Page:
In my last piece on cultural SRE, I covered the basics of defining what SRE means for your team. However, some teams may not need dedicated SRE support. This is where the central organization comes in handy. Dedicated resources are focused on building guidelines, standards, services and platforms for teams to consume that can operate autonomously in your environment. Having a broadly communicated central team also allows for these other teams to know where to go when they need assistance or would like some recommendations on their technology stack.
Application/Service SRE Versus Infrastructure SRE
Application SRE includes:
- Embedded for application/service teams.
- Architecture guidance for new services and infrastructure.
- Design and implementation for modern technologies.
- Support within the application/service team.
- Automation for apps and services for the team.
- Automation for operational work.
- Monitoring/metrics for application/service team.
- Benchmarking and performance assistance for code.
- Infrastructure deployment and architecture for applications and services.
- Write documentation and runbooks for alerts issued by application/service stack.
Infrastructure SRE includes:
- Build and management of “plumbing” technical infrastructure (provisioning, OS, dns, dhcp, networking, central auth, etc.).
- Automation of infrastructure services (telemetry, monitoring, log aggregation, configuration management, anomaly detection, orchestration, etc.).
- Build and management of consumable services and tools (message queues, databases, distributed compute farms, API services/integrations, containers, etc.).
- Infrastructure as Code (IaC).
- Implement Global IR&IM process.
- Support for Application SRE teams.
- Architectural guidelines and best practice documentation.
Organization structures, whether we like to believe it or not, really help in the flow of communication throughout the team. It allows for the team leaders to form a single mission and have that mission carried out by their team members. I mentioned in Part 1 of my SRE Narnia guide that I believe this organization must be centralized to be successful. Below is a high level overview that shows the separation between application SRE and infrastructure SRE.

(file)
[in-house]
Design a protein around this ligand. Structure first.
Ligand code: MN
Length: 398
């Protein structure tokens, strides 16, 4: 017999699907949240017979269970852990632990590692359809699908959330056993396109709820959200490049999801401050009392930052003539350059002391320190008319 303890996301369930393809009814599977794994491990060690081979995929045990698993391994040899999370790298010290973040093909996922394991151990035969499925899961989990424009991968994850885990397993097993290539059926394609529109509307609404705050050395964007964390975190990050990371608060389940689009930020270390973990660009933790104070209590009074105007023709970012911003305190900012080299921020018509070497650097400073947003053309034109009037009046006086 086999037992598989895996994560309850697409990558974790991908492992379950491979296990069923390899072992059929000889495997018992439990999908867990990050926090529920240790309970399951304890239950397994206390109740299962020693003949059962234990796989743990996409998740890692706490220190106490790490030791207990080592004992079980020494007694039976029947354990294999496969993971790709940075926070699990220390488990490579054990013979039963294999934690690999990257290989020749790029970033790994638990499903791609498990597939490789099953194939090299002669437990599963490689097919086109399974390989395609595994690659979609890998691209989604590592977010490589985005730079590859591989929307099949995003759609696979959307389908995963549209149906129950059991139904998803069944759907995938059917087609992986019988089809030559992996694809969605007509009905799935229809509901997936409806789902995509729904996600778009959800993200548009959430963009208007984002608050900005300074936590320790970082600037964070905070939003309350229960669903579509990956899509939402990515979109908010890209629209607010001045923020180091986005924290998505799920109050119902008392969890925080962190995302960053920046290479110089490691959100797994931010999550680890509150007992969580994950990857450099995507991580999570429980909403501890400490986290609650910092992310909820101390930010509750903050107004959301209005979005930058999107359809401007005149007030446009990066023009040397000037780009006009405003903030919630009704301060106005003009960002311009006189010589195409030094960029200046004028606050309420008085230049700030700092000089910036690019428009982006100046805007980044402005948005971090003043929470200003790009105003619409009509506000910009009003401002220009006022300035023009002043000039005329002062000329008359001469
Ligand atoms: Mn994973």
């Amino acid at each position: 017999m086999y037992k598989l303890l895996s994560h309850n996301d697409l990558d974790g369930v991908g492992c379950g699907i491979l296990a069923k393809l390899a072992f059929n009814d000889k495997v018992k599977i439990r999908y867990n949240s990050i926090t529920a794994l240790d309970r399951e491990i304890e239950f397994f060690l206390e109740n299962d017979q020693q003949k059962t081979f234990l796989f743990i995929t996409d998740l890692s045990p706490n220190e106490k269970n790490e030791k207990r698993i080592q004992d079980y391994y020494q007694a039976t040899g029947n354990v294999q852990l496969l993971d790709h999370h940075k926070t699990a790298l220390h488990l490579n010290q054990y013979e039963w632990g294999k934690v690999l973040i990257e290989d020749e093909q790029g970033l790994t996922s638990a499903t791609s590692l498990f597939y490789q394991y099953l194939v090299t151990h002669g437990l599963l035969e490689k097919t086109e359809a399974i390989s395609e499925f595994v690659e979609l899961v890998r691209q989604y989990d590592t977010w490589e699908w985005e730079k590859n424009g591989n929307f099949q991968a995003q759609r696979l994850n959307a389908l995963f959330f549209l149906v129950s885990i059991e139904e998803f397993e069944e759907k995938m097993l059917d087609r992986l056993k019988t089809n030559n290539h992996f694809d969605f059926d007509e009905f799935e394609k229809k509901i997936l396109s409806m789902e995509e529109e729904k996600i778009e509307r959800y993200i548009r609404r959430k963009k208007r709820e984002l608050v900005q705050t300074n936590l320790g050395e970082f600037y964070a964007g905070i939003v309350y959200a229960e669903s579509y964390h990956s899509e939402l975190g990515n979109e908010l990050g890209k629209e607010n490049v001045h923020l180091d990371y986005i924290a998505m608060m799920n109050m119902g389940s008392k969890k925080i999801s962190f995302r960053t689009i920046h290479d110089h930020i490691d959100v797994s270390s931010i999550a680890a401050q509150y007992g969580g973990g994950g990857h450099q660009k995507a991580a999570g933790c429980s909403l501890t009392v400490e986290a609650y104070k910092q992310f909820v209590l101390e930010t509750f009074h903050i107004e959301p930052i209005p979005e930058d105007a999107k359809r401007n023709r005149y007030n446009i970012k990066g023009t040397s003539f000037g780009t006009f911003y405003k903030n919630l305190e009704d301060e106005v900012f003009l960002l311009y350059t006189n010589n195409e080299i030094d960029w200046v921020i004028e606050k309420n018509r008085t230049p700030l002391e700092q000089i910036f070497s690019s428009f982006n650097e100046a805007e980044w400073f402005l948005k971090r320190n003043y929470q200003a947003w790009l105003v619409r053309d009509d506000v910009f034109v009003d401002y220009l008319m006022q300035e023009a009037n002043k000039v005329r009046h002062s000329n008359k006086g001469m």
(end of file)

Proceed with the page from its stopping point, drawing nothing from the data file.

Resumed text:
The leads can handle multiple teams and disciplines. This can shrink and scale as you see fit within your organization. Application SRE is straight forward. The infrastructure SRE could be embedded across existing infrastructure teams or form a new team focused on a specific project.
Example SRE Interaction
Below is an example interaction between an application team (this one runs a ruby app) and an SRE hierarchy. You will see a team called “Frontline Support” as the initial interaction. This team is not required but is a nice to have. It helps in any environment big or small, and can really offload a significant amount of the operational workload along with having a global view of issues coming in.
The duties for frontline support are to follow runbooks for alarms flowing in from the monitoring systems. It is similar to a traditional NOC but with more expertise across the stack they are watching. It also allows for trend analysis and bringing data to conversations around reoccurring issues or bugs in the system.
I do recommend using this as a starting point for junior level team members. It allows them to learn the system quickly and buddy up with more seasoned members that are either on this team or have the pager for the week. It is a great way to train and onboard your technical employees. Nothing works better than showing them what is broken.
Overall, everyone’s journey will be different. There are quite a few books and examples that exist out there, but please only use them as ideas to form your own opinion on how these organizations should work. There is no prescription and nothing is ever perfect. I have left out quite a bit of information in this post but I am always interested in having conversations about this topic and others alike. There is one consistent theme you’ll see across the board and that’s shaping the culture. Focus on your culture and hire great talent along with great leaders. Good luck and happy hacking.